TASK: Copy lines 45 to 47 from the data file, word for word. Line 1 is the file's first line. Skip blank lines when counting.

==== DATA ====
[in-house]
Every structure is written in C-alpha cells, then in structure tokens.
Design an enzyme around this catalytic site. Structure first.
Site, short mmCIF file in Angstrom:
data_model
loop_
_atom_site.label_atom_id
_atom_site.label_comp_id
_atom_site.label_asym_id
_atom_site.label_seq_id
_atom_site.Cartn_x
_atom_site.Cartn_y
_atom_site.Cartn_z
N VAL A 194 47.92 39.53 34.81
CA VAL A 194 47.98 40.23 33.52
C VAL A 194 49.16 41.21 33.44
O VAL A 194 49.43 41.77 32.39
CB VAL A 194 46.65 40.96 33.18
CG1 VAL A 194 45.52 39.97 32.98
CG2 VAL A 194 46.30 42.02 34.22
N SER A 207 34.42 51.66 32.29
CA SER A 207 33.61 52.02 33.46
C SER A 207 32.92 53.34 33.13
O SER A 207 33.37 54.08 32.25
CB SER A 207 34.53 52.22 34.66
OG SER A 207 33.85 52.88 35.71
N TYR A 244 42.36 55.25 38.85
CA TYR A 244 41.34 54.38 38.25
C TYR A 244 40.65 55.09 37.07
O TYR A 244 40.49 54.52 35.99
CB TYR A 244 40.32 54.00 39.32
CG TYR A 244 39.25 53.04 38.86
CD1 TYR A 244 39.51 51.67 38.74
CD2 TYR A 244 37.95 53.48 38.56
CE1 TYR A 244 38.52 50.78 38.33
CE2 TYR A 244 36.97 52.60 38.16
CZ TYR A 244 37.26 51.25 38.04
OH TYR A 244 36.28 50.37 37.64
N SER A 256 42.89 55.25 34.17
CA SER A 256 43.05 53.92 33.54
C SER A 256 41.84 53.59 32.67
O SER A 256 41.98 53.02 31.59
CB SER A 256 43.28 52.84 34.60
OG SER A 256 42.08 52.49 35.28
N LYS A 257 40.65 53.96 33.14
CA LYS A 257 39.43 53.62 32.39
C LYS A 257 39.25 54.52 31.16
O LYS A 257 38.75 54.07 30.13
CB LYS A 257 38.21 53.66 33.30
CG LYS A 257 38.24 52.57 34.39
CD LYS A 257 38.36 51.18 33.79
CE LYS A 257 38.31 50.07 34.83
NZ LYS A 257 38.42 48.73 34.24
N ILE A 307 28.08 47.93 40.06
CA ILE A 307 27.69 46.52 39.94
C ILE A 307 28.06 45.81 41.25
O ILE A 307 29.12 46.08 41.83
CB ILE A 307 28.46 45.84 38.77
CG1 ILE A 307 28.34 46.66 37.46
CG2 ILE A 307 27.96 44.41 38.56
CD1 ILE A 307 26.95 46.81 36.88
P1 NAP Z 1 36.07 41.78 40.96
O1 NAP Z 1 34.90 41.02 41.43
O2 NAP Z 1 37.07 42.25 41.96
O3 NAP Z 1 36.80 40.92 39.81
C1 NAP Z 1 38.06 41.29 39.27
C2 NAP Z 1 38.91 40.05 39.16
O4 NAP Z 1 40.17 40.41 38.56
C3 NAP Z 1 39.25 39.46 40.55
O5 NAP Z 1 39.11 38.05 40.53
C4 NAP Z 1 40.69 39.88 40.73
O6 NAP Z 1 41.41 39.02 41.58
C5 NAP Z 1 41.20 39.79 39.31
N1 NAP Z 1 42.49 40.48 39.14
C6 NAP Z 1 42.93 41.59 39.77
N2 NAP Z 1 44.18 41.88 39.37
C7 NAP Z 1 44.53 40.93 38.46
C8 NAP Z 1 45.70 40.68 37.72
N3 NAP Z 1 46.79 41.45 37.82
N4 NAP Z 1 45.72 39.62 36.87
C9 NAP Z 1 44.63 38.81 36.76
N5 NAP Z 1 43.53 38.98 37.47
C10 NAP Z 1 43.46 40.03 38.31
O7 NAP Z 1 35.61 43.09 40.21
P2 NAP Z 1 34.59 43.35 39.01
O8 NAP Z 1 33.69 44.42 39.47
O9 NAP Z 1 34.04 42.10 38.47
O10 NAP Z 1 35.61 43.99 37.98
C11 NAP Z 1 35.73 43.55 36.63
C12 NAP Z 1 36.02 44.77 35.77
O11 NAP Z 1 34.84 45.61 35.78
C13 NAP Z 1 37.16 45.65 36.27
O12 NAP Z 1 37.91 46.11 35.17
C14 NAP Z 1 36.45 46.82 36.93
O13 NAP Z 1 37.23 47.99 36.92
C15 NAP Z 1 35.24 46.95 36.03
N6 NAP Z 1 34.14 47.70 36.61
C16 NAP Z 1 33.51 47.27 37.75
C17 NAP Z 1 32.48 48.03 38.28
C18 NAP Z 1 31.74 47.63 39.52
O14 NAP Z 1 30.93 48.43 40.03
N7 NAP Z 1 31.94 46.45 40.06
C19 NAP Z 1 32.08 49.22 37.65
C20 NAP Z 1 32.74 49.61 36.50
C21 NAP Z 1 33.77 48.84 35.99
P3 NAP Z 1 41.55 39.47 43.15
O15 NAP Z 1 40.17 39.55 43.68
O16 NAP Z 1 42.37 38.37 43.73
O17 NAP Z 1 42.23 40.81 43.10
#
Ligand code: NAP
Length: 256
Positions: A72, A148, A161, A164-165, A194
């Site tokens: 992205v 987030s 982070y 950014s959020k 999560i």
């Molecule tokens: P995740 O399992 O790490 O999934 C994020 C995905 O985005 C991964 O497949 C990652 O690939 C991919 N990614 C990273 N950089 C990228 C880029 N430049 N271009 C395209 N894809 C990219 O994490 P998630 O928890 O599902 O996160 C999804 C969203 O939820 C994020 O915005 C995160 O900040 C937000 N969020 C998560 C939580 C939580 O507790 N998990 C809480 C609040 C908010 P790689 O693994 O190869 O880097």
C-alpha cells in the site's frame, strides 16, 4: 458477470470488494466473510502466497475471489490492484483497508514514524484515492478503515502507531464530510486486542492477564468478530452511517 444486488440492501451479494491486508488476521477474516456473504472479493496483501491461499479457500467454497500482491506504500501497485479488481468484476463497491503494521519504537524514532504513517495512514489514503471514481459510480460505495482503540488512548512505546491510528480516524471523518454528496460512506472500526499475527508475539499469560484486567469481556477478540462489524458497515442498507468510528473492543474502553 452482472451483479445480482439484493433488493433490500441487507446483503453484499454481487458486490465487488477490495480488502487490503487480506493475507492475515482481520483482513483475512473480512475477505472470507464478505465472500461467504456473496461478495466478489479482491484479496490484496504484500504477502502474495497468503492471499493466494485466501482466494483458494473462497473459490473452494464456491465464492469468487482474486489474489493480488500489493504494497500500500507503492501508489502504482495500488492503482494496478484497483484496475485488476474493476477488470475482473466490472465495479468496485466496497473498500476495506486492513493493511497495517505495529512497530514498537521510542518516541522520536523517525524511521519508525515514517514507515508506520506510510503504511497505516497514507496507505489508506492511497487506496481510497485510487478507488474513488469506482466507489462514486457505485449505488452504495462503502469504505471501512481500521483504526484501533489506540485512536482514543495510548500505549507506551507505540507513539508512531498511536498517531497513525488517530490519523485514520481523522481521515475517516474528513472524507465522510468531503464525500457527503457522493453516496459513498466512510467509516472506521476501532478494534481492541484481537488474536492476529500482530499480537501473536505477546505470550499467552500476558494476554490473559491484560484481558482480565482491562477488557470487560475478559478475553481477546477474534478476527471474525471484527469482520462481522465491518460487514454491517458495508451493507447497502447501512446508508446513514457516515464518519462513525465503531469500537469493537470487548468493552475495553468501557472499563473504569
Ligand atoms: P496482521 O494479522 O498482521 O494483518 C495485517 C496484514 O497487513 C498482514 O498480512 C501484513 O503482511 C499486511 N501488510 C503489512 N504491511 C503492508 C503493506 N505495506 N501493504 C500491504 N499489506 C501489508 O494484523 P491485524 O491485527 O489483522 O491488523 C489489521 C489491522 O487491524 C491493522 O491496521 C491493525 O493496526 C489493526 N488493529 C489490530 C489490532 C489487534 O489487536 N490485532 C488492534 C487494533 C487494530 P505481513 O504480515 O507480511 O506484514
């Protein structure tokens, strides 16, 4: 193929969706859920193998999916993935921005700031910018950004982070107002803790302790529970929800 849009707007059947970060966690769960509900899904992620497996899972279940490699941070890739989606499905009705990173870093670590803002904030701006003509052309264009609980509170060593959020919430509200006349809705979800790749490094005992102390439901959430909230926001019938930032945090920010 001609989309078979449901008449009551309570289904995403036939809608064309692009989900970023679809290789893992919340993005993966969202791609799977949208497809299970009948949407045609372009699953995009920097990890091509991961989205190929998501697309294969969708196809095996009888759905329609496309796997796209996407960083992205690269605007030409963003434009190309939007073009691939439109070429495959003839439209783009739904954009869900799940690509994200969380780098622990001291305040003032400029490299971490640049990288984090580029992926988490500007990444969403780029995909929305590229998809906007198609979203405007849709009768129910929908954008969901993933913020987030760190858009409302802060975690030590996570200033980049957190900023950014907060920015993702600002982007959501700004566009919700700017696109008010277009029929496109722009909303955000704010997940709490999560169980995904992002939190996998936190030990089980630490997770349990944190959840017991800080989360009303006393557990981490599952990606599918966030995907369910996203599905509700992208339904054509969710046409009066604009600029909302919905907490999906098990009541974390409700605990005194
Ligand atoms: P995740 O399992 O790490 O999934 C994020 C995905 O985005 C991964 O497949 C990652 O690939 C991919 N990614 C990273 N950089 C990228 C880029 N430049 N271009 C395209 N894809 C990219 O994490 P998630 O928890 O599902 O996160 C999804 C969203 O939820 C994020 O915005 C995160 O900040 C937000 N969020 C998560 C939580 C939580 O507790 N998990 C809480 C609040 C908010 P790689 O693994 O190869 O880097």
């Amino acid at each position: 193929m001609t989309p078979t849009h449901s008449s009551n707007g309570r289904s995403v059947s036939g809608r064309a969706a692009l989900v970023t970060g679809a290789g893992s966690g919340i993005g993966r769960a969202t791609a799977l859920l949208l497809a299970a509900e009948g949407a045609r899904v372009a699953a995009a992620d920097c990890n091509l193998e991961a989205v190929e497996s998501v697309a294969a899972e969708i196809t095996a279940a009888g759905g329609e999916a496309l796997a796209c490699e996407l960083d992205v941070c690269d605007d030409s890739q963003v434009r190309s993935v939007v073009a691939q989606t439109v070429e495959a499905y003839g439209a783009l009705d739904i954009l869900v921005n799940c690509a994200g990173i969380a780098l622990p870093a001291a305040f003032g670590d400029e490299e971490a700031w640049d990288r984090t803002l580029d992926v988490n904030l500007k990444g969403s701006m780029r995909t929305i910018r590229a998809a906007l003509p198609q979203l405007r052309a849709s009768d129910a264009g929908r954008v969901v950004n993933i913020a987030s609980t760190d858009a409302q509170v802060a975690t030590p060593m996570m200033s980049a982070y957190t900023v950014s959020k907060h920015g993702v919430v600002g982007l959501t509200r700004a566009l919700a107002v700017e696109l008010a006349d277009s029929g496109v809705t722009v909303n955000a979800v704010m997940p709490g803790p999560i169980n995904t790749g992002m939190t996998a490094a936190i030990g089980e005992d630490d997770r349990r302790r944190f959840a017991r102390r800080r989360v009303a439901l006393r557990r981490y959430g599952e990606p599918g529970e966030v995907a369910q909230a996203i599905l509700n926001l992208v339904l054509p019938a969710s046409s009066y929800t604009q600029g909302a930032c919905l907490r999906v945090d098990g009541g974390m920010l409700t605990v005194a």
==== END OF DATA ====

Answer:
N LYS A 257 40.65 53.96 33.14
CA LYS A 257 39.43 53.62 32.39
C LYS A 257 39.25 54.52 31.16